Your friend just achieved something awesome in his career. Maybe it was a big promotion or a major raise. Perhaps it was a brag-worthy new job altogether. Or, maybe he just launched an awesome side hustle.
Regardless of the specific circumstances, you find yourself left with this weird mix of emotions. You’re glad he’s doing so great, of course. But, you’d be lying if you said there wasn’t a piece of you that was insanely jealous.
It makes sense. Careers are competitive. So, feeling enthusiastic when someone else reaches a big accomplishment isn’t exactly second nature.
But, however understandable that envy is, that doesn’t necessarily mean it’s productive. Here’s how to get past your own feelings of inadequacy and truly be happy for a friend who’s more successful.
1. Recognize That Their Success Isn’t Your Failure
Here’s a question I like to ask myself when I discover that I’m feeling jealous of another person’s announcement: How does this impact me?
In nearly every case, this question forces me to realize that my feelings of resentment are totally unfounded and unnecessary—that other person’s recent accomplishment has absolutely zero bearing on what I’m doing in my own professional life.
It’s easy to confuse other people’s success with your own failure. But, that’s hardly ever the case. A step forward for your friend doesn’t automatically equate to a few steps backwards for you.
Once you realize that someone else’s triumph isn’t their passive-aggressive attempt at poking holes in your own ego, it’s a whole lot easier to be happy for them.
2. Refresh Your Goals
While career comparison can be a nasty trap, there’s no denying that it can also provide the kick in the pants you need to refocus and continue making forward strides yourself.
For that reason, this is a great time for you to turn a discerning eye to your own career goals and figure out what you’d like to accomplish next.
Whether it’s something as small as revamping your personal website or something as momentous as making an entire career change, sit down and outline some of the things you’d like to achieve in the next six months or so. Don’t stop there—also jot down some specific action items you’ll need to make those things happen.
It might seem odd to use somebody else’s success as a stepping stone for your own career (even if they’re none the wiser!). But, take it from me, it works wonders. We might all hate to admit it, but we’re constantly matching ourselves up against the people around us—so, there’s really no better motivation.
Plus, knowing that you have your own plans and objectives in the works makes it that much less painful to celebrate your friend’s recent accomplishment.
3. Learn From Them
When we’re all so focused on competition, it becomes all too easy to forget the value of collaboration. But, if you neglect to take notes from the successes of your peers, you’re missing a great opportunity. Instead of resenting that person’s success, why don’t you learn from it?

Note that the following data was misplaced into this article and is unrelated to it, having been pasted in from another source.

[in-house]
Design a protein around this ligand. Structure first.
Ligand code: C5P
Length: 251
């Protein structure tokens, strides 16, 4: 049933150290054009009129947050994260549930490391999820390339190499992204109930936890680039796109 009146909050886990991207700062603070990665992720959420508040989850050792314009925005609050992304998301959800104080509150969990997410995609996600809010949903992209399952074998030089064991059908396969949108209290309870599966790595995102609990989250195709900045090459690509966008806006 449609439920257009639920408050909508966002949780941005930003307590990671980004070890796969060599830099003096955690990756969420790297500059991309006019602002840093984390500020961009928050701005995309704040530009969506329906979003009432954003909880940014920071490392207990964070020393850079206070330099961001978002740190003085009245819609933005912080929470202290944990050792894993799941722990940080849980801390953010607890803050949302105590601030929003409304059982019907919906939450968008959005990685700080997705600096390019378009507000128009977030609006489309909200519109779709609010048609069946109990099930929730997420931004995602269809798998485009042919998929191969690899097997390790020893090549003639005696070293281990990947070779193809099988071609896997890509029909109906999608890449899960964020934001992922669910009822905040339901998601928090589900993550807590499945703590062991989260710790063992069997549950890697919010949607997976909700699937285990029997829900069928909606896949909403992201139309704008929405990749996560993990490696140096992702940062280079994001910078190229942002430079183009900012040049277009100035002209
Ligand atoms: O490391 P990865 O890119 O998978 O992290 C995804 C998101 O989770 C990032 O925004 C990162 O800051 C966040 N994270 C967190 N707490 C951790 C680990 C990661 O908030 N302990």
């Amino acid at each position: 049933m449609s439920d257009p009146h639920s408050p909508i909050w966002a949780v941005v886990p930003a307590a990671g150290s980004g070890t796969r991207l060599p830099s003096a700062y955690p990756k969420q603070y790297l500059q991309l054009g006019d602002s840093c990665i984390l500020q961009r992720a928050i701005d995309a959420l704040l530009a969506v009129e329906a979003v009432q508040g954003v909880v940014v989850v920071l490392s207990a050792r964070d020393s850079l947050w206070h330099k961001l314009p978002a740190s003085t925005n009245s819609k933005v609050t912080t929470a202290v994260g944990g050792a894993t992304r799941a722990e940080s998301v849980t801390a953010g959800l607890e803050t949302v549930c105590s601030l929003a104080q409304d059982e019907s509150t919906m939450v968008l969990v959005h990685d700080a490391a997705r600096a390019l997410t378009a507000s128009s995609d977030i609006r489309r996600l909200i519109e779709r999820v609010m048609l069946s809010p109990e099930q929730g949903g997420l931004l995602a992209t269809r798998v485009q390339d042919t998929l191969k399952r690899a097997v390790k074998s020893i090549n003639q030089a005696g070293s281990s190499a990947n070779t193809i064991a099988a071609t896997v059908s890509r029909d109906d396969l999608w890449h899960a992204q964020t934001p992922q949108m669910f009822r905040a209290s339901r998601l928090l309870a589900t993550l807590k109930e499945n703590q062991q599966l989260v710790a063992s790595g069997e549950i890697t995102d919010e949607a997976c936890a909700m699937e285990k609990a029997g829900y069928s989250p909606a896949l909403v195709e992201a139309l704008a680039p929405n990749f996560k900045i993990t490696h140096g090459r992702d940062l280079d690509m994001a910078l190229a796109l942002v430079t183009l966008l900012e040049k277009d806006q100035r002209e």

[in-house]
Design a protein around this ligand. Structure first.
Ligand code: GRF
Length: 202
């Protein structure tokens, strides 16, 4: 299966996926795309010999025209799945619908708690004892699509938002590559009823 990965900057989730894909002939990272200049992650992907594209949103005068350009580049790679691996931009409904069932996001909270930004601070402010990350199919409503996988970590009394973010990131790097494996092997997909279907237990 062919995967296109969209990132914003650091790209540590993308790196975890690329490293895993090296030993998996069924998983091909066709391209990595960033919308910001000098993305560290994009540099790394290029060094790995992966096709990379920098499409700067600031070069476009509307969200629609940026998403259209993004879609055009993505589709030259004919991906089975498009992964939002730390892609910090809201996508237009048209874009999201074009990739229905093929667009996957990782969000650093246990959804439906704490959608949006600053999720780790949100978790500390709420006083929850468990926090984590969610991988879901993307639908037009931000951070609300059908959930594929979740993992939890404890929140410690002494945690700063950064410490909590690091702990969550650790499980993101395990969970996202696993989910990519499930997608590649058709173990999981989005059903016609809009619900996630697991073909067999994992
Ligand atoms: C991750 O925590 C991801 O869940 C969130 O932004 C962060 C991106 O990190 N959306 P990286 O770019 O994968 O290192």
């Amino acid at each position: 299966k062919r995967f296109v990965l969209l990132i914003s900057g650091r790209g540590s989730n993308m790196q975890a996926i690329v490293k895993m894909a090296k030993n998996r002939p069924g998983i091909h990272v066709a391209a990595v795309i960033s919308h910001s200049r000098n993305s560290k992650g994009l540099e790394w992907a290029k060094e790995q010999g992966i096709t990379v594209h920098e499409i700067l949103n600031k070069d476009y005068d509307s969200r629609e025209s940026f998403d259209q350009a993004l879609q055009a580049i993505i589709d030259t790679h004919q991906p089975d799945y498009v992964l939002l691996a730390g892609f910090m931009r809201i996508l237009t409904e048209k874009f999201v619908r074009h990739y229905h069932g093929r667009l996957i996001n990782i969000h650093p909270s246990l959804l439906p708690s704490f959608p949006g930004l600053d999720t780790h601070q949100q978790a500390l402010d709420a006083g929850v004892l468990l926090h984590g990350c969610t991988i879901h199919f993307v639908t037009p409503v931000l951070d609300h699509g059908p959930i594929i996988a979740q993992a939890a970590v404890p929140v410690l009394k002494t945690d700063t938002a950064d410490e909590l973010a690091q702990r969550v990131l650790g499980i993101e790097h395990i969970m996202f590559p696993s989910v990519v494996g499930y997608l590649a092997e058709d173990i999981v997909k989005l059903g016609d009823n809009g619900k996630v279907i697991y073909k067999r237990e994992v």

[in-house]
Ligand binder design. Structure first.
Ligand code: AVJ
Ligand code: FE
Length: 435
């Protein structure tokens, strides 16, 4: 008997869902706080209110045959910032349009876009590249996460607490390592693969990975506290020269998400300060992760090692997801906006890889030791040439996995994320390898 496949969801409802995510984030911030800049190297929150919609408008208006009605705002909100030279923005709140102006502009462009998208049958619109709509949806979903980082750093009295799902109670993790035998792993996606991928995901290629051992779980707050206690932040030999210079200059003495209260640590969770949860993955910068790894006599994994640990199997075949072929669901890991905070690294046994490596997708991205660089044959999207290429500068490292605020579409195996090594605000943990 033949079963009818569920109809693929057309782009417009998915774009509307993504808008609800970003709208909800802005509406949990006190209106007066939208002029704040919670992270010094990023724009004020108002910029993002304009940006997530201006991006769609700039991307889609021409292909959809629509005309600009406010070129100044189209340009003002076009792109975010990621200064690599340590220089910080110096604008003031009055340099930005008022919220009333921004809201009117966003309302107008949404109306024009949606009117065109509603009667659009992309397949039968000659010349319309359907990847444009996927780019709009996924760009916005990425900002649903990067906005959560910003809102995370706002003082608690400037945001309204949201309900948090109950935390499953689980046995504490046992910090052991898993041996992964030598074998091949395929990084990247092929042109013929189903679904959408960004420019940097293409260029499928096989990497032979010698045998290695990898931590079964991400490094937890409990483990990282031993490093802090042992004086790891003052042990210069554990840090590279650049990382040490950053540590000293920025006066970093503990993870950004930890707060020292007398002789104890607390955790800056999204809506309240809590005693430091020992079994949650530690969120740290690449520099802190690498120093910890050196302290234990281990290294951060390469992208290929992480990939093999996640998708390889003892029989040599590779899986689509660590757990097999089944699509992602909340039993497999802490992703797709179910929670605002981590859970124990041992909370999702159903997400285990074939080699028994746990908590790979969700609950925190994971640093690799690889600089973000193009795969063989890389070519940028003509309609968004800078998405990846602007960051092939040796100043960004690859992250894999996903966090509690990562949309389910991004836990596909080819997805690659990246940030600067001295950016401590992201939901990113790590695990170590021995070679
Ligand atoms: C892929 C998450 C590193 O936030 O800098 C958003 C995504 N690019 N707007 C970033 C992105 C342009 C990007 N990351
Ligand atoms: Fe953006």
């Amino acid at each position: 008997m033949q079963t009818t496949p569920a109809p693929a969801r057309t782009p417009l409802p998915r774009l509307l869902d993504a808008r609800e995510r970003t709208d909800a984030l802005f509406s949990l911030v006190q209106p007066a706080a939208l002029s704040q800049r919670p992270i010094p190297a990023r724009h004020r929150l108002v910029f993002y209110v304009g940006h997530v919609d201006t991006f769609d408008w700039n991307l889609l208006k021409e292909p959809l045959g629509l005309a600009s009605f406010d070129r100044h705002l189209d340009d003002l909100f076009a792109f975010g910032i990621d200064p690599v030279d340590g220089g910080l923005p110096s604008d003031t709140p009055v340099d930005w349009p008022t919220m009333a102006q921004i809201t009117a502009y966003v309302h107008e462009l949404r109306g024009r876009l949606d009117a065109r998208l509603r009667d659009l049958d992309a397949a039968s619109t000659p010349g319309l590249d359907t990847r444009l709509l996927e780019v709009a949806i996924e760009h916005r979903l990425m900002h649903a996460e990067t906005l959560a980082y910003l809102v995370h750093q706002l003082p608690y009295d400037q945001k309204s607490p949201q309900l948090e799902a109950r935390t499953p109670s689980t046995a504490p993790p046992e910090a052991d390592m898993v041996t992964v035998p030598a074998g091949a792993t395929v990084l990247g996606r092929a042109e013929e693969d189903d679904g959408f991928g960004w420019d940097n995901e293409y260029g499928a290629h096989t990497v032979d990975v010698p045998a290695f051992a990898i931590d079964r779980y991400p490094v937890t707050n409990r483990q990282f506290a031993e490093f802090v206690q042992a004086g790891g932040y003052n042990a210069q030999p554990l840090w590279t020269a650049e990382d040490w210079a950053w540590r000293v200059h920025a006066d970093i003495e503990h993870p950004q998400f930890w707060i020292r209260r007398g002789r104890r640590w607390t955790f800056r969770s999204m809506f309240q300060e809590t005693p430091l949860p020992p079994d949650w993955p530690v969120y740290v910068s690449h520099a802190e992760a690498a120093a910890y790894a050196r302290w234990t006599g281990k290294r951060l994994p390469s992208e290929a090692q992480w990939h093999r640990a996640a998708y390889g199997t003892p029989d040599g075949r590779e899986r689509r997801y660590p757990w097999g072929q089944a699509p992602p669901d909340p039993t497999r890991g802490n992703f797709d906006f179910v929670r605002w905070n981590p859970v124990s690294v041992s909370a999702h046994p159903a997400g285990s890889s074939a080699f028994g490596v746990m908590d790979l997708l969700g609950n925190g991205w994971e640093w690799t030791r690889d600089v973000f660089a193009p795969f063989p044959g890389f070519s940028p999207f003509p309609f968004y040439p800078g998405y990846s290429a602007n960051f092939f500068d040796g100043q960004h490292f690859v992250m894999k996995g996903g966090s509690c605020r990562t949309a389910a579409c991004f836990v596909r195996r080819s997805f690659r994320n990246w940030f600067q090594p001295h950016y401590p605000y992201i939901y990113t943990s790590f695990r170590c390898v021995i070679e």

Maybe that friend of yours just landed a new gig at an up-and-coming tech startup. Rather than feeling bitter about the fact that you’d like to do the same thing, why not ask her about the application process and what she did to stand out?
Or, rather than simply envying the person who scored a big raise, have a conversation with him about how that played out. Did he approach his boss? What sort of justification did he have in his back pocket to support his request?
Experience is a great teacher—and, that sentiment applies to the experiences of other people as well. So, don’t miss the chance to extract your own value and lessons from their achievements.
Not only will it push you forward, it’ll also give your friend a chance to further celebrate and discuss her own big milestone.
While we all like to think of ourselves as the eternally supportive and encouraging friends who cue up the marching band whenever our loved ones accomplish great things, that’s often not the case. As you already know all too well, your congratulatory feelings can easily be overshadowed by jealousy and resentment.
Ultimately, though, that gets you nowhere. Use these three tips to adequately honor and applaud other people’s big wins and you’ll not only be a better friend—but a better professional.
Photo of friends talking courtesy of Henrik Sorensen/Getty Images.
Kat is a Midwest-based freelance writer, covering topics related to careers, self-development, and the freelance life. In addition to writing for The Muse, she's also the Career Editor for The Everygirl, a columnist for Inc., and a contributor all over the web. When she manages to escape from behind her computer screen, she's usually babying her rescued terrier mutt or continuing her search for the perfect taco. Say hi on Twitter @kat_boogaard or check out her website.More from this Author